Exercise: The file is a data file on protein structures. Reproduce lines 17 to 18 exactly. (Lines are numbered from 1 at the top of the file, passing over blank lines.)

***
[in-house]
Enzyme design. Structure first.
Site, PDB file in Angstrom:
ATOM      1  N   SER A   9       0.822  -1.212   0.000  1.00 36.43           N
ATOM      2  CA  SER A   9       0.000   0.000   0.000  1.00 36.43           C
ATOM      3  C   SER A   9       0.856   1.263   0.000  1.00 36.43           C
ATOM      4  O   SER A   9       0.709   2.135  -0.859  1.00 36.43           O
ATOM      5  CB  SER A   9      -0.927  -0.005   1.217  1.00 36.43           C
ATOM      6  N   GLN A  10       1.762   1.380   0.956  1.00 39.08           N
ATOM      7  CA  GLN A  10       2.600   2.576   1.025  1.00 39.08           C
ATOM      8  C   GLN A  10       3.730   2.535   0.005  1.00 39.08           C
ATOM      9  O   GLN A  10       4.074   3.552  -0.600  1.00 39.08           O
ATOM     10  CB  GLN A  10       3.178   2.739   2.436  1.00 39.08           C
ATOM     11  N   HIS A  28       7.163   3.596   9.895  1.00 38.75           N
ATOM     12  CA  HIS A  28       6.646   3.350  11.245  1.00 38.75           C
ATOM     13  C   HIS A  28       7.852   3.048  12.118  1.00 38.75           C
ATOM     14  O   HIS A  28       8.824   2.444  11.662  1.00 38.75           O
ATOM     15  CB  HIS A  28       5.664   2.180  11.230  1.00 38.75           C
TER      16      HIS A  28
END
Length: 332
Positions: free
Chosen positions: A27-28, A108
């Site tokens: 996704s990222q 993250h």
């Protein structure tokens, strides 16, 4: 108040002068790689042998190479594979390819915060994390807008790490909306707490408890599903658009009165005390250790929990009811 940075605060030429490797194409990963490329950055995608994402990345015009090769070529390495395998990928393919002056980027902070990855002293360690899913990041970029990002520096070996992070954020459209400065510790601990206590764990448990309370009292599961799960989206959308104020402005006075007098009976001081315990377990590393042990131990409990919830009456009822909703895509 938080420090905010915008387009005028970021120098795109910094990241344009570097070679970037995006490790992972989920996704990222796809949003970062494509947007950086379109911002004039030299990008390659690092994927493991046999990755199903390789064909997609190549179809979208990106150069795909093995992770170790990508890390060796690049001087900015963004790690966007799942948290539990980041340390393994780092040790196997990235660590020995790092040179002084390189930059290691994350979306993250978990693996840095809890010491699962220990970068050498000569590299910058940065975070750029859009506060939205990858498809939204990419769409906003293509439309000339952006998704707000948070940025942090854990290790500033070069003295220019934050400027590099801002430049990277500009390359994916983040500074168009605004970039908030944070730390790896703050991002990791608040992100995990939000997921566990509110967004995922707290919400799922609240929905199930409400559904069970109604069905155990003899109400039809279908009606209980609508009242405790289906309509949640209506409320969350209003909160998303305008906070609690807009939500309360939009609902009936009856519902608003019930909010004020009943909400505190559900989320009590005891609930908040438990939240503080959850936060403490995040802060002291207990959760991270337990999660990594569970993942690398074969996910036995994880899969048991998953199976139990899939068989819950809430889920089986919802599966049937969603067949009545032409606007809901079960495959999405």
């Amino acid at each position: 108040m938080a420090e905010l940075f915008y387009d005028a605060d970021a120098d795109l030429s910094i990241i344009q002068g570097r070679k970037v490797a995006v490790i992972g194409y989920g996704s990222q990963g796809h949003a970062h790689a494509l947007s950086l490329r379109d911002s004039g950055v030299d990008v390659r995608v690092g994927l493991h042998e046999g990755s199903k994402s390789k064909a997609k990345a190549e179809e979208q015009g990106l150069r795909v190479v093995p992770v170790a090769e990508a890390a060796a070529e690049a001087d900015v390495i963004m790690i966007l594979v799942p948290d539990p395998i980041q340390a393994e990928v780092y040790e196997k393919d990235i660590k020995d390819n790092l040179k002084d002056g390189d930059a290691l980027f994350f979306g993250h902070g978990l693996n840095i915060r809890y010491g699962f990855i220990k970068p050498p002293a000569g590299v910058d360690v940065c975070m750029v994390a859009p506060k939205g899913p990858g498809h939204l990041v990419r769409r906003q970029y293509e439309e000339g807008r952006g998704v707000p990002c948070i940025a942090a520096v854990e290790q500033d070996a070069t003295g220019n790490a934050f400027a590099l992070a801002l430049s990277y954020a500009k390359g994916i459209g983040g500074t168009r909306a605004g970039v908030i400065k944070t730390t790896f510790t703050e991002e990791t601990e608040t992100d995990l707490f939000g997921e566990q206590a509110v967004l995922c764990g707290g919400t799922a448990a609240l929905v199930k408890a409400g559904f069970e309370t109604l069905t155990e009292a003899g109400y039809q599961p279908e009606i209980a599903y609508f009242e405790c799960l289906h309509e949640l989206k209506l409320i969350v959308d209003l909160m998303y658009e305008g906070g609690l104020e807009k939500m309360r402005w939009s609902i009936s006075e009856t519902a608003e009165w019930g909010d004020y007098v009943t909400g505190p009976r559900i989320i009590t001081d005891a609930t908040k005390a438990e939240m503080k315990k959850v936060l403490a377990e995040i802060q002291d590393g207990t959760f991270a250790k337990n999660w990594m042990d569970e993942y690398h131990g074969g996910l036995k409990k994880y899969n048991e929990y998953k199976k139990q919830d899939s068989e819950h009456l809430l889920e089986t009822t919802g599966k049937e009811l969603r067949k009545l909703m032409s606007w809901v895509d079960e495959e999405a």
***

ATOM     14  O   HIS A  28       8.824   2.444  11.662  1.00 38.75           O
ATOM     15  CB  HIS A  28       5.664   2.180  11.230  1.00 38.75           C